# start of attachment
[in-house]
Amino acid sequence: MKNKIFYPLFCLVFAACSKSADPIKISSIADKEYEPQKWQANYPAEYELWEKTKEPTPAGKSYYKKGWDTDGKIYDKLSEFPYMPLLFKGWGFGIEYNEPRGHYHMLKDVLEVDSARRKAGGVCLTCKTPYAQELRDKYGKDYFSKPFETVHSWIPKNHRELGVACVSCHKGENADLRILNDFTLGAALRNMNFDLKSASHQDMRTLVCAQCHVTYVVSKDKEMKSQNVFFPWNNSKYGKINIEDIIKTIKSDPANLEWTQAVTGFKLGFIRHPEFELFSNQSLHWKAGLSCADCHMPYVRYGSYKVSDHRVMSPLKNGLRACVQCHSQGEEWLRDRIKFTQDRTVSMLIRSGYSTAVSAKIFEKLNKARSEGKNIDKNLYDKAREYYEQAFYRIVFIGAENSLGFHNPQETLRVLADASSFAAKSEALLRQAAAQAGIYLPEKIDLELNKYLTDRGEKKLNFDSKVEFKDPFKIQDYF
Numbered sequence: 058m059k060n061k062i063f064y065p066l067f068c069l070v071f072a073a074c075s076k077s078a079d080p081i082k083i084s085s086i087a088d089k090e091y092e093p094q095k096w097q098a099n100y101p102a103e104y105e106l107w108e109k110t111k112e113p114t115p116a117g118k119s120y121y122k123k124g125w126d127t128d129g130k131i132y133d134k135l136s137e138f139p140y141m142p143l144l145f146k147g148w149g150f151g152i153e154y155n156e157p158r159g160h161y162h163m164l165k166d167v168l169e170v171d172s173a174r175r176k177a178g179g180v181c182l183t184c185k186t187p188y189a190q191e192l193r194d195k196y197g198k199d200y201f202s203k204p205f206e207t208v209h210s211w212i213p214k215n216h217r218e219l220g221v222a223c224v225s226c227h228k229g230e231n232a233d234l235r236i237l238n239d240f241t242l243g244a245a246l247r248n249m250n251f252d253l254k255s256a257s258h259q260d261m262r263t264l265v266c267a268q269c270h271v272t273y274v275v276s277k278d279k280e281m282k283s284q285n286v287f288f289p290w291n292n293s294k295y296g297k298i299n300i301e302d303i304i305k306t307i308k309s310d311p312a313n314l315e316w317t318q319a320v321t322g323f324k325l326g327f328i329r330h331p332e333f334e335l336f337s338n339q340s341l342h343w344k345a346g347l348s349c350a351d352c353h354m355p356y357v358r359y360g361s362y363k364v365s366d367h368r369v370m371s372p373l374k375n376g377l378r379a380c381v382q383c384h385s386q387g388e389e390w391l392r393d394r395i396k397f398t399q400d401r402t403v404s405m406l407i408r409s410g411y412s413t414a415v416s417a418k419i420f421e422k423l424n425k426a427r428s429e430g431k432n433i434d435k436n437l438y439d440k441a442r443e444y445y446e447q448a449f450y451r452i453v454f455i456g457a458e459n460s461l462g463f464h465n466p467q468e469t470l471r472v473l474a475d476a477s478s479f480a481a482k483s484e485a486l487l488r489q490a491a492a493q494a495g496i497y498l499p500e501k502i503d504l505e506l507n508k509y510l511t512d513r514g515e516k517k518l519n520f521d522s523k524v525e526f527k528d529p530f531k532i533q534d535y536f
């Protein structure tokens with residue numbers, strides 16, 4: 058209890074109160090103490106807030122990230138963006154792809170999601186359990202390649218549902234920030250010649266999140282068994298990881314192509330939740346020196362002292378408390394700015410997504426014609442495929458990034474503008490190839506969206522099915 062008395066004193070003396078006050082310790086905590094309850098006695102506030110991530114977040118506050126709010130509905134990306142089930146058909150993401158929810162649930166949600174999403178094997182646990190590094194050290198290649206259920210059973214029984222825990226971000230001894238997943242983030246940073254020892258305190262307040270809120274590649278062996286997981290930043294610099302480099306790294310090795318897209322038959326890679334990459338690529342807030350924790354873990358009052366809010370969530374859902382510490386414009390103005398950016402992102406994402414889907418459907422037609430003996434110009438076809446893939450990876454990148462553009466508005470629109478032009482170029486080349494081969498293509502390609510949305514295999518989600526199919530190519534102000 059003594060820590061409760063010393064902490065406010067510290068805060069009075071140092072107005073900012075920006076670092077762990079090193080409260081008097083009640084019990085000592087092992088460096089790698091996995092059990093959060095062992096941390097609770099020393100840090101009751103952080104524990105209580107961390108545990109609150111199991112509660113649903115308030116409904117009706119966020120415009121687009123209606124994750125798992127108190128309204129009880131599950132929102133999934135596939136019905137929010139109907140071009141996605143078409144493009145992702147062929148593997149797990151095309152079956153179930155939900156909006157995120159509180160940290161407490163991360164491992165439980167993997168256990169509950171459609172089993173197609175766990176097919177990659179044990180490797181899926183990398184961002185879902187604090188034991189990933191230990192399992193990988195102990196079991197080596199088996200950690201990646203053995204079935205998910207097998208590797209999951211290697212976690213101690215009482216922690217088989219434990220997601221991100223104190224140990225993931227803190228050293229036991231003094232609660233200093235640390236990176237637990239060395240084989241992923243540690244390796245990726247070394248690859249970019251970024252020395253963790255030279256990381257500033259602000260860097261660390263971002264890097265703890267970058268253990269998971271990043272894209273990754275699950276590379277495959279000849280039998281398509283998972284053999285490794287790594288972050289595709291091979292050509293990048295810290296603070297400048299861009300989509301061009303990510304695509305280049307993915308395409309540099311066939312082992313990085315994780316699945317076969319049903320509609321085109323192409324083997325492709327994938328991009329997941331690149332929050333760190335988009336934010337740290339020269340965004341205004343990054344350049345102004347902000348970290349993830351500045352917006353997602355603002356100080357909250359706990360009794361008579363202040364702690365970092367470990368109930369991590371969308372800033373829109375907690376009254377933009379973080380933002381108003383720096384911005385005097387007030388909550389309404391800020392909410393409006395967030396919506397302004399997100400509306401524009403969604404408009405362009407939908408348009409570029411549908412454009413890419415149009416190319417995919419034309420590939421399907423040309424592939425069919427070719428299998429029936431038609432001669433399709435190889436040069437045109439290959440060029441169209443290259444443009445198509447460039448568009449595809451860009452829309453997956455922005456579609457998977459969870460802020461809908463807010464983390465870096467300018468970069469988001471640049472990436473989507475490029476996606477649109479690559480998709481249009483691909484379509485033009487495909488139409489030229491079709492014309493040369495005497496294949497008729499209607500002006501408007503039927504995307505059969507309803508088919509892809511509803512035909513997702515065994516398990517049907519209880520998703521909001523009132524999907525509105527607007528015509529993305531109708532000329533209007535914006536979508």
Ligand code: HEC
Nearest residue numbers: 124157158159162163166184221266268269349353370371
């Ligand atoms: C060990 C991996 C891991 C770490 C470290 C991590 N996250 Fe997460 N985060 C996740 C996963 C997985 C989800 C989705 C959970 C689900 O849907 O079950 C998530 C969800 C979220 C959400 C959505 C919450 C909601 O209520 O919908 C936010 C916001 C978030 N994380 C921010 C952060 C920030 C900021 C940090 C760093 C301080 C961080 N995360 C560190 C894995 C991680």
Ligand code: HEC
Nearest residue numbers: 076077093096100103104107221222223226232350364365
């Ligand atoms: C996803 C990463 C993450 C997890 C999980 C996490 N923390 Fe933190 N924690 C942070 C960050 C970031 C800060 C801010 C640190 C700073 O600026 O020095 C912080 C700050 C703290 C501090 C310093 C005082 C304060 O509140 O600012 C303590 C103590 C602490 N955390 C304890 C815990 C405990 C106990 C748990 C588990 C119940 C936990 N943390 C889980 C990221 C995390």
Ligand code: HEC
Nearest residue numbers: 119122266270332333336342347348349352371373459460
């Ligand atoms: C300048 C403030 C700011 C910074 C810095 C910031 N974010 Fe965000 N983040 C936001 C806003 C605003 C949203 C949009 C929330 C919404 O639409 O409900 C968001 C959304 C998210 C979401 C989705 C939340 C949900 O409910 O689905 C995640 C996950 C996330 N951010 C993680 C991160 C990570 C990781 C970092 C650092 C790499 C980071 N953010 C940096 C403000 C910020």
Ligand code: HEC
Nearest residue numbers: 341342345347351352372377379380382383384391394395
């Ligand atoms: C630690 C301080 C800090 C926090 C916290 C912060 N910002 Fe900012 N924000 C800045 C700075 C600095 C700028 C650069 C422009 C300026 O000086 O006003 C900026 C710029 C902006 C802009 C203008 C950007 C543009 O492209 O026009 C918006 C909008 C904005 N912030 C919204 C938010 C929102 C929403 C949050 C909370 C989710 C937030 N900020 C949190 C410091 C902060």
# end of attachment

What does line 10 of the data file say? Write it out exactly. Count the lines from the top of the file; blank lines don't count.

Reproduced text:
């Ligand atoms: C996803 C990463 C993450 C997890 C999980 C996490 N923390 Fe933190 N924690 C942070 C960050 C970031 C800060 C801010 C640190 C700073 O600026 O020095 C912080 C700050 C703290 C501090 C310093 C005082 C304060 O509140 O600012 C303590 C103590 C602490 N955390 C304890 C815990 C405990 C106990 C748990 C588990 C119940 C936990 N943390 C889980 C990221 C995390």